You should try living in Brighton. At night, neighbors steal cones from prstinely shoveled parking spaces (6 hours of shoveling out from a corner space at the bottom of a long hill on a very busy street corner is a lot of shoveling for a 60+ disabled female). They take the cones, park in teh spot, move the cone to their shovled space to preserve it for their guests. Each of the numerous tripple deckers out here house at least 4 cars. Also, in the middle of the night the property owners will pay private plow and shoveling companies to remove *all* of the snow, every inch of it, from their driveways, walkways, sidewalks, cars, steps etc. who then plow it into the street and when theyt have a big enough mass, move it up against our side of the street onto and surrounding our vehicles. If they've done a sloppy job the City helps them by plowing the remainder of the snow against our cars . The city plows must be driven by family membes who'd grown up here. I know that Public Works and City Inspectionsal Services employess many residents who ahve lived here all their lives. Today they've gotten so brazen (because the City looks the other way) that they're out en mass with snow blowers which are blwing their snow onto our side after many folks on this side of the street had finally dug out from under our own snow, sidewalk plowed etc. which we shovel into our yards. Ironically, my $1000 propery tax payment cleared today – should we really be responsible for paying to have our neightors mess removed from our side of the street ? The catch basins located on this side of the street are under 10' of snow which melts into our basement , backs up under our vehicles creating rust and mechanical problems. The handicapped ramps are burried by neighbors yard snow and the cops say (1) even though it's illegal there's nothing to be done (2) It's not illegal. Today I watched in horror as Public Works vehicles politely waited until the snow blowing idiots walked back and forth across the street as the neighbors removed snow from their yards onto our cars. According to teh police it's *not* illegal to shovel snow from your yard into the street as long as you move it to someone elses side of the street regardless that we cannot see around the 12' snow mounds as wel attempt to cross streets. Reasoning : "everyone does it'. I'm in an HP , living on a fixed income but have spent $100 to be shoveled out from under public sidewalk and walkways on our side of the street as well as from under city plowed snow. Today I learned that I'm also responsible for removing the snow which the neighbors dumped onto our cars and sidewalks. I will never get out , have canceled numerous doctors appts. becasuse I can't walk to public transportation when sidewalks are uncer 4' of snow and the streets are impassible, bus stops burried , etc. I walk with a cane. The Ride won't help because I own a 14 y/o , mechanically challanged car parked in an HP spot but is inaccessible burried under 6-12' of neighbors yard waste.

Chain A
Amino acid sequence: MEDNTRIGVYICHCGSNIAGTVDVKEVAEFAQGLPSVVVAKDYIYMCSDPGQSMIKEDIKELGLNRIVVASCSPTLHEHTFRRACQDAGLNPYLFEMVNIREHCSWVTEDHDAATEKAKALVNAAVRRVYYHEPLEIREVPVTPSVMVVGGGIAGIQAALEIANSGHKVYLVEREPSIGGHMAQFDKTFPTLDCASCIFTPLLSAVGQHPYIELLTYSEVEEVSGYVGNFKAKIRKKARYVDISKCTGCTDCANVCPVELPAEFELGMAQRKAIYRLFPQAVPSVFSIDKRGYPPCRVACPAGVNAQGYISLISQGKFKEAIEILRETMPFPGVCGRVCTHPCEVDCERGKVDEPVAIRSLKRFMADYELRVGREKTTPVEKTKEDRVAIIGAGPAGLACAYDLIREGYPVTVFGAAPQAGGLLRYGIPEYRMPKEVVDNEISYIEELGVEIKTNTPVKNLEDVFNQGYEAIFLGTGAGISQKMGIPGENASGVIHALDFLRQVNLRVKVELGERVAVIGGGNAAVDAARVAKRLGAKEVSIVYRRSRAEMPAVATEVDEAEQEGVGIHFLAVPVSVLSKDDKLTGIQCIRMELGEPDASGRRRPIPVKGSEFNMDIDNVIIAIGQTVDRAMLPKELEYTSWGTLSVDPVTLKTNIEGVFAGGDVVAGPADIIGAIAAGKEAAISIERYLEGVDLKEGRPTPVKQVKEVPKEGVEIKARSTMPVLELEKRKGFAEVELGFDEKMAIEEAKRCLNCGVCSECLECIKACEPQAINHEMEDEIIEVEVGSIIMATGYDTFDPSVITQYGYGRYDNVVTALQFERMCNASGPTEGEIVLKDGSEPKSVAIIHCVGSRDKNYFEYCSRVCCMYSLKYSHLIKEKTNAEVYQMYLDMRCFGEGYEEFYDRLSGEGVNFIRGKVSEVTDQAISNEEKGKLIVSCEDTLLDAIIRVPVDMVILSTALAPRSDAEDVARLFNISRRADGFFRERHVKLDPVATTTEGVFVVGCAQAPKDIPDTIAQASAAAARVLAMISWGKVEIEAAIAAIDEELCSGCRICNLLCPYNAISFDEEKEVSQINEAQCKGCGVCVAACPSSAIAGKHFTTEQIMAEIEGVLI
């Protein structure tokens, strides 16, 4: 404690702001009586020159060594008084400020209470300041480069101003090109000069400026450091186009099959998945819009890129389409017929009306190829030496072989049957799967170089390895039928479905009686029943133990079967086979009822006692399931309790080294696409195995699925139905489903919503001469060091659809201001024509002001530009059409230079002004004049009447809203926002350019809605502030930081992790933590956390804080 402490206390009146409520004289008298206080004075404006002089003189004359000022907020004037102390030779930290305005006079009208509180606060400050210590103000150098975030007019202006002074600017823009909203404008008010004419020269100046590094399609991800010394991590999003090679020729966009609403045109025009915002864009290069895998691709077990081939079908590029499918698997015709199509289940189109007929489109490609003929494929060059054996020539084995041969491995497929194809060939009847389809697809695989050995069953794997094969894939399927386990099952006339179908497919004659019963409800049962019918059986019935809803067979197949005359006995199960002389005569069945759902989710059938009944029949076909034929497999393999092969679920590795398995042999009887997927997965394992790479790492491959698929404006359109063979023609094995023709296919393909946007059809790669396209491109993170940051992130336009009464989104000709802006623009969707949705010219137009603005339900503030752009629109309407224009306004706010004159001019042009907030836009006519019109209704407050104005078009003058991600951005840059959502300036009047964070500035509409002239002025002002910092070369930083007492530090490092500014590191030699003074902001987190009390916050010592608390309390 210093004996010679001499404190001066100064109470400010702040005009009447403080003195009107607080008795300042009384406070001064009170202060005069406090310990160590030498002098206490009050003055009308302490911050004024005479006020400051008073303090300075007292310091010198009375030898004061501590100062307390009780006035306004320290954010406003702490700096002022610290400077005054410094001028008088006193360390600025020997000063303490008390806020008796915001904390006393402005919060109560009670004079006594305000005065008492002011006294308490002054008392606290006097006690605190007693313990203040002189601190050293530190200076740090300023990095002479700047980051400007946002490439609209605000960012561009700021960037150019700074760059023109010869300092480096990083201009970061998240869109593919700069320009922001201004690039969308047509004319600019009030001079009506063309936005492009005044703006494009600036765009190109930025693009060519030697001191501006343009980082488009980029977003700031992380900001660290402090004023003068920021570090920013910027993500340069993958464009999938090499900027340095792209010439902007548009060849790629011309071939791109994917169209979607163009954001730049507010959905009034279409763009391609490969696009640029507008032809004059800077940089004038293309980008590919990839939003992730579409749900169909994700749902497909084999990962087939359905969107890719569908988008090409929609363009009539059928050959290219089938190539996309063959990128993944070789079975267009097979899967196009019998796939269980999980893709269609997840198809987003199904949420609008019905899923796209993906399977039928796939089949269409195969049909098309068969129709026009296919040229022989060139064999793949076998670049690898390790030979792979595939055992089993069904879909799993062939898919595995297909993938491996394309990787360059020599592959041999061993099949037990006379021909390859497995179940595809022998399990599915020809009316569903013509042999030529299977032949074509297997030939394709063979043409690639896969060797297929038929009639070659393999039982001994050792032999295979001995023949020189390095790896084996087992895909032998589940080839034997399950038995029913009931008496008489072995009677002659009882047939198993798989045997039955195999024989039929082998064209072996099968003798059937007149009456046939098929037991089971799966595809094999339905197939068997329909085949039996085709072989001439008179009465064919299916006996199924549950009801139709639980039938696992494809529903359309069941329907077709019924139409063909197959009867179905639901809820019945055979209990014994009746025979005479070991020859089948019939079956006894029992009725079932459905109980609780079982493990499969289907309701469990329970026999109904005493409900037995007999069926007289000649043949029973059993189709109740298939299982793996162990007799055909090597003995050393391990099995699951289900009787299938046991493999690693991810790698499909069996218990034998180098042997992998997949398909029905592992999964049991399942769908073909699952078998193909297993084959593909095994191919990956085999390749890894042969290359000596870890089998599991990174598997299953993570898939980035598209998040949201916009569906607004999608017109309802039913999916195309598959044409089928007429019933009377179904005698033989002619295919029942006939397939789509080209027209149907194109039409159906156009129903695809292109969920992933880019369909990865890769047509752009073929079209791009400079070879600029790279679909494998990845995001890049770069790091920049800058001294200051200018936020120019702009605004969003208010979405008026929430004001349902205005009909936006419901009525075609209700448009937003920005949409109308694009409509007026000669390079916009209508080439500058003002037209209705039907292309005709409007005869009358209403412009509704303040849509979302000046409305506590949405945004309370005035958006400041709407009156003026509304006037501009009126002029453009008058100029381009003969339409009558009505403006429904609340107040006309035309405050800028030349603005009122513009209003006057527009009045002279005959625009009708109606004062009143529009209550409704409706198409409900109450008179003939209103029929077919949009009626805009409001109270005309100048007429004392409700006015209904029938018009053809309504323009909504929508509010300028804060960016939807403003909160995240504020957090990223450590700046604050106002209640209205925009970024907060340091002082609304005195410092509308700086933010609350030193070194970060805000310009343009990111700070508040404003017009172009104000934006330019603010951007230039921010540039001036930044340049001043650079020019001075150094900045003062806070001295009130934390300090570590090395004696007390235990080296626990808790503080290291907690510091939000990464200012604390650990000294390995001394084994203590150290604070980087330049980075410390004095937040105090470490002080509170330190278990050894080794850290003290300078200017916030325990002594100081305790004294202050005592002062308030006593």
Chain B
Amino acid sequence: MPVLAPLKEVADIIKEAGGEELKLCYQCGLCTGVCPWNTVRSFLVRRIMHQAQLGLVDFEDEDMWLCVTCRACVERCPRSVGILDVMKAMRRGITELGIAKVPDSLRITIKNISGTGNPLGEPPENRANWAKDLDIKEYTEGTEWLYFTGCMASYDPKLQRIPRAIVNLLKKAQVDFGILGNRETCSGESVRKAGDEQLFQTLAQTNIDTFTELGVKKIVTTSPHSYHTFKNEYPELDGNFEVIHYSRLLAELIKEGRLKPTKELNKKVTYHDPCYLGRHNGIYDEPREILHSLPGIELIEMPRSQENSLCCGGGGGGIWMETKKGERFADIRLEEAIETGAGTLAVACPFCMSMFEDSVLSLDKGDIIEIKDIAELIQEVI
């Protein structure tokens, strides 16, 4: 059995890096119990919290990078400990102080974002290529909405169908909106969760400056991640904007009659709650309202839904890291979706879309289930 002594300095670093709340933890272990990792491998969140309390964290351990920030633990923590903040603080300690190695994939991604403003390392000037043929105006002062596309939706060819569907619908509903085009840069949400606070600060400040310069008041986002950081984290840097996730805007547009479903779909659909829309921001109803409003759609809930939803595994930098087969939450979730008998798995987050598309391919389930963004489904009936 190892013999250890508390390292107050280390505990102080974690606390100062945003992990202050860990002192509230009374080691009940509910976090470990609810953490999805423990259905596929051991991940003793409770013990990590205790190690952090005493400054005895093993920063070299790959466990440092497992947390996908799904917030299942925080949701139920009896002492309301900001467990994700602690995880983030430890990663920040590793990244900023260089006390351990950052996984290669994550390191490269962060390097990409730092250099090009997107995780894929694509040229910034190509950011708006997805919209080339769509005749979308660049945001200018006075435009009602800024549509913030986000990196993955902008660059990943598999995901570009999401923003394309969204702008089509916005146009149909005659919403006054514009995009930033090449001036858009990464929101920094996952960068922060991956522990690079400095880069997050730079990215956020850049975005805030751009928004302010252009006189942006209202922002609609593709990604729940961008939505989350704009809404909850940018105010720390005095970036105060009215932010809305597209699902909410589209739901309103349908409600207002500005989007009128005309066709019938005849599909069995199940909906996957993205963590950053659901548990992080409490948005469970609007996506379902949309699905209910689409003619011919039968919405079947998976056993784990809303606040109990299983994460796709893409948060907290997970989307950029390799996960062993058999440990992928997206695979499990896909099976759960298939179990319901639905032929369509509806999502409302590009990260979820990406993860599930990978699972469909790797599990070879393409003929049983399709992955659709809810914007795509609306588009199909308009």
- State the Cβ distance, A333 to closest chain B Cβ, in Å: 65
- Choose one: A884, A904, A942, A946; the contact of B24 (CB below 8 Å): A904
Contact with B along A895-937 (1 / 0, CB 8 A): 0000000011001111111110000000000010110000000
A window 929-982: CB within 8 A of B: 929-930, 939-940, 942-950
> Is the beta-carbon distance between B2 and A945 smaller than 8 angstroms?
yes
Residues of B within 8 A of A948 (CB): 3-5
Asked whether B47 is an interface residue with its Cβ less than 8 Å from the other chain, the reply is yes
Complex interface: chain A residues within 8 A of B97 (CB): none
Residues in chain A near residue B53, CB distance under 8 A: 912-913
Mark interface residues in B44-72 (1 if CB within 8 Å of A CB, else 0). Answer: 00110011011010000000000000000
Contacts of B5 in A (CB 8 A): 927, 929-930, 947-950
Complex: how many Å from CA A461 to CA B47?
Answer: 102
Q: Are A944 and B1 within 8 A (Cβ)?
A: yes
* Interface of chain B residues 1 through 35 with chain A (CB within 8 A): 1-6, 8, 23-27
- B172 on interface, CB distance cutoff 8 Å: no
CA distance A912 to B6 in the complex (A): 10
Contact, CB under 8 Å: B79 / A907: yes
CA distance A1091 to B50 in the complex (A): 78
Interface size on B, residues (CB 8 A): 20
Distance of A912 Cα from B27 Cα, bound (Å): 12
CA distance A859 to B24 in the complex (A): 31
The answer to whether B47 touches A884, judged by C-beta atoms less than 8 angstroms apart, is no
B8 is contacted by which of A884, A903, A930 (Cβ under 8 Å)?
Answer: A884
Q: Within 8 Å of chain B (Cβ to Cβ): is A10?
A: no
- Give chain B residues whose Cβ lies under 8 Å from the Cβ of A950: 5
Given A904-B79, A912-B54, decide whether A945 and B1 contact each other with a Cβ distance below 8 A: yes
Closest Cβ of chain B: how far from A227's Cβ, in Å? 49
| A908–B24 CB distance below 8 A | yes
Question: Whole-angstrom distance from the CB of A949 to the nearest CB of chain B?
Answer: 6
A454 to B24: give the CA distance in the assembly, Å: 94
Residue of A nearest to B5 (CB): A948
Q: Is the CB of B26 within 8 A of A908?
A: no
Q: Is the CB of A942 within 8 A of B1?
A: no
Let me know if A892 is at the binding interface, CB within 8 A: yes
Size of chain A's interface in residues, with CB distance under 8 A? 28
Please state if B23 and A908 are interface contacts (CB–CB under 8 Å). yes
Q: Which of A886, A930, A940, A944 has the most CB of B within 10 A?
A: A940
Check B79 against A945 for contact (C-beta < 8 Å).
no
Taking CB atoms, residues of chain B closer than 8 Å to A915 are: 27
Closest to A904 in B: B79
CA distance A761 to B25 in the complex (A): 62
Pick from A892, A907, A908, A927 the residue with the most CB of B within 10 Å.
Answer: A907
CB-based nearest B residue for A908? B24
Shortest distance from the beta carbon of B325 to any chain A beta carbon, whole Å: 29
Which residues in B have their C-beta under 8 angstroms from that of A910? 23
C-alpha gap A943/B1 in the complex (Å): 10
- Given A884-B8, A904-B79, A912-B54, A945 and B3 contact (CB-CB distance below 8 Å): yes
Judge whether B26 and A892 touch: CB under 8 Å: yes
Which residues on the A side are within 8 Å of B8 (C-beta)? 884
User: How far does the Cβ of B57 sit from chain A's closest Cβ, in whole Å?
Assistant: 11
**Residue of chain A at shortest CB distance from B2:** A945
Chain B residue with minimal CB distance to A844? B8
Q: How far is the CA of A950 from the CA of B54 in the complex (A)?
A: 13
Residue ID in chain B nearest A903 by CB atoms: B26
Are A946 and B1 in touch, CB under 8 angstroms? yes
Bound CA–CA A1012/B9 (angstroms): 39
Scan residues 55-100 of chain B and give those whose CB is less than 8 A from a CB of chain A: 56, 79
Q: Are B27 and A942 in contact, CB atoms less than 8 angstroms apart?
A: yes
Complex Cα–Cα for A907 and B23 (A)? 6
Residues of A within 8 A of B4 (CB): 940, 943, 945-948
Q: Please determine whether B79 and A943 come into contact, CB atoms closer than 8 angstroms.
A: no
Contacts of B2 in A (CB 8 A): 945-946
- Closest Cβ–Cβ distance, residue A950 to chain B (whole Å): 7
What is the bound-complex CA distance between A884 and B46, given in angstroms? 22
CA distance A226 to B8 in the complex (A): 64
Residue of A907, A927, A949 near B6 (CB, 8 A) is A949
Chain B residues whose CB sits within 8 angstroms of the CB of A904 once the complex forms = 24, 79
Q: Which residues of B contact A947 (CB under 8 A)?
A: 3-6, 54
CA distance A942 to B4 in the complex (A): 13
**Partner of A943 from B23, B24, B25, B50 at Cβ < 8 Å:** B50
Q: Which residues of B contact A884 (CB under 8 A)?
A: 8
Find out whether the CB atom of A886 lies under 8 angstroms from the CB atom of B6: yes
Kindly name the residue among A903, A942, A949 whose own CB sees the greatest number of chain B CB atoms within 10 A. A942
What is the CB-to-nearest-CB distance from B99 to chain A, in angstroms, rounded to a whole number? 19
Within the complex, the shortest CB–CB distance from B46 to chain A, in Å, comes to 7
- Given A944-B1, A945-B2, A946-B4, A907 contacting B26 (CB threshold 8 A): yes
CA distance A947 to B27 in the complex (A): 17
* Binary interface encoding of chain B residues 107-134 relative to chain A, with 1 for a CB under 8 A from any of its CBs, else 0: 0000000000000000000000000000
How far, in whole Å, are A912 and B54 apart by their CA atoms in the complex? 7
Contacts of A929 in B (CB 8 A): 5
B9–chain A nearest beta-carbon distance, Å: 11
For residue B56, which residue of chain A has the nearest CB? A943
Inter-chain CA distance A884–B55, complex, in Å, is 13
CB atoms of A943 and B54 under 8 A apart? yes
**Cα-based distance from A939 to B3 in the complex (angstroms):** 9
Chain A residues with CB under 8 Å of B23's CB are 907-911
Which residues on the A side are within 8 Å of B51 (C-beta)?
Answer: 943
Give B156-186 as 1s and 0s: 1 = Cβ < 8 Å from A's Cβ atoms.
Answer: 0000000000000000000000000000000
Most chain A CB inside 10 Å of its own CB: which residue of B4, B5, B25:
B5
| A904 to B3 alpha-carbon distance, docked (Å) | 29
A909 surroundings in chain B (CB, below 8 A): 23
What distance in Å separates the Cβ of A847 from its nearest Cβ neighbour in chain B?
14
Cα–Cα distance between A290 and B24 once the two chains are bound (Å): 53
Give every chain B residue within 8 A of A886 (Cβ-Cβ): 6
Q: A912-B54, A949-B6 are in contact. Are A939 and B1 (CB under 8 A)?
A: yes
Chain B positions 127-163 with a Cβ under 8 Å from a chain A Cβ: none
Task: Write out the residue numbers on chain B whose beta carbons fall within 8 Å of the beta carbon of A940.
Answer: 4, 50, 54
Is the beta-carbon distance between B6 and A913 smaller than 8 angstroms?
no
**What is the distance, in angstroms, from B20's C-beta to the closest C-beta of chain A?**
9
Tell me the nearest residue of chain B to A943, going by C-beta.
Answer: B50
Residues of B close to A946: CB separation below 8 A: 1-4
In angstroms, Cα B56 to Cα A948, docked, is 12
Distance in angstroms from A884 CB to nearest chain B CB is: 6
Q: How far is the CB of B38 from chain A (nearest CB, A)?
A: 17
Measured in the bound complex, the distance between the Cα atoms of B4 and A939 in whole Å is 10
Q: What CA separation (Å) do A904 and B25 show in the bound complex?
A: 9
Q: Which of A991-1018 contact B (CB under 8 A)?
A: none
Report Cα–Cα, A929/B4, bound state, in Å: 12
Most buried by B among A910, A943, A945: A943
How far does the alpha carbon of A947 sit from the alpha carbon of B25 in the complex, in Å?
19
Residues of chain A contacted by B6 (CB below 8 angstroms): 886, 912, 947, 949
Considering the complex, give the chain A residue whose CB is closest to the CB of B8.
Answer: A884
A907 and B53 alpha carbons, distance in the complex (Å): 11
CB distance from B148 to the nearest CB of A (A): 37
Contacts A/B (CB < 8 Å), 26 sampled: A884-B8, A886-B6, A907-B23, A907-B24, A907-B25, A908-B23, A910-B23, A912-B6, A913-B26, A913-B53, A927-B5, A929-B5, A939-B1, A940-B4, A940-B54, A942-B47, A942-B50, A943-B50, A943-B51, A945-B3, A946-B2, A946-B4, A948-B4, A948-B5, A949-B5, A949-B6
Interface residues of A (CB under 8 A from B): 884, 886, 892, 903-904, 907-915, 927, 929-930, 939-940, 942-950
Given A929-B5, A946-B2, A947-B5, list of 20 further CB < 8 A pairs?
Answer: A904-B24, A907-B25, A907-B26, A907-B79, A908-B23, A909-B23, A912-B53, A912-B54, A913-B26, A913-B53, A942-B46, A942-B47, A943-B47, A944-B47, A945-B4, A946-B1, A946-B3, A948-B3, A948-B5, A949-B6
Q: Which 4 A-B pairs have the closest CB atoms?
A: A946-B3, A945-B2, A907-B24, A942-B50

So, would you mind comeing to help me shoiveling my car out which I cannot function without ? At least I know you won't be parking in the [ HP] space :-).
I live in Brighton in a residential area. I have maintained shoveling and cleaning my parking spot directly in front of my house through the 3 bad blizzards thus far in 2015. My street has hardly any shoveled spots because it is a main road and if you even begin shoveling you are up against a 7 foot wall of snow consisting of condensed ice, and heavy plowed snow. Considering my consistent maintenance throughout each storm the job has been fairly managable, nonetheless tiring and back breaking. If you do not have a driveway you are out of luck and must shovel either way. I would like to emphasize again that even today on february 16th, days after the last storm I may have had one of 5 shoveled spots on my street. So as you can probably tell what I'm building up to is that some inconsiderate jerk decides to move my spot marker and take my spot. Now I have done my research. According to the unwritten rules of snowstorm etiquette, one is only at liberty to reserve one's spot for up to 48 hours. Although this practice is not a legality and even outlawed in some areas. The severity of this years snowfall and the fact that my street has 7 foot walls of plowed snow detering anyone from actually putting forth any effort of shoveling a spot, some exceptions must be made. That being said, I know no legal recourse will result in the matter. I do however have the right mind to flatten the 4 tires on a certain ragedy 90's ish front bumper missing honda civic sitting in front of my house right now. So moving forward as I get into my house fuming because my car is now illegally parked with the hazzards on I decide that my only option at this point unless I would like to enjoy a brisk 15 minute walk every day to my car is to shovel another spot across the street. You best believe that whilst shoveling with steaming ears and in hopes that the owner of the car that has been parked in my spot for several hours now returns to their vehicle. If this were to occur I can't be sure of the outcome. Fortunately I have successfully cleared a new spot.
Ps. Shovel your own spot because under these exact circumstances that person probably would'nt be as lucky. ;)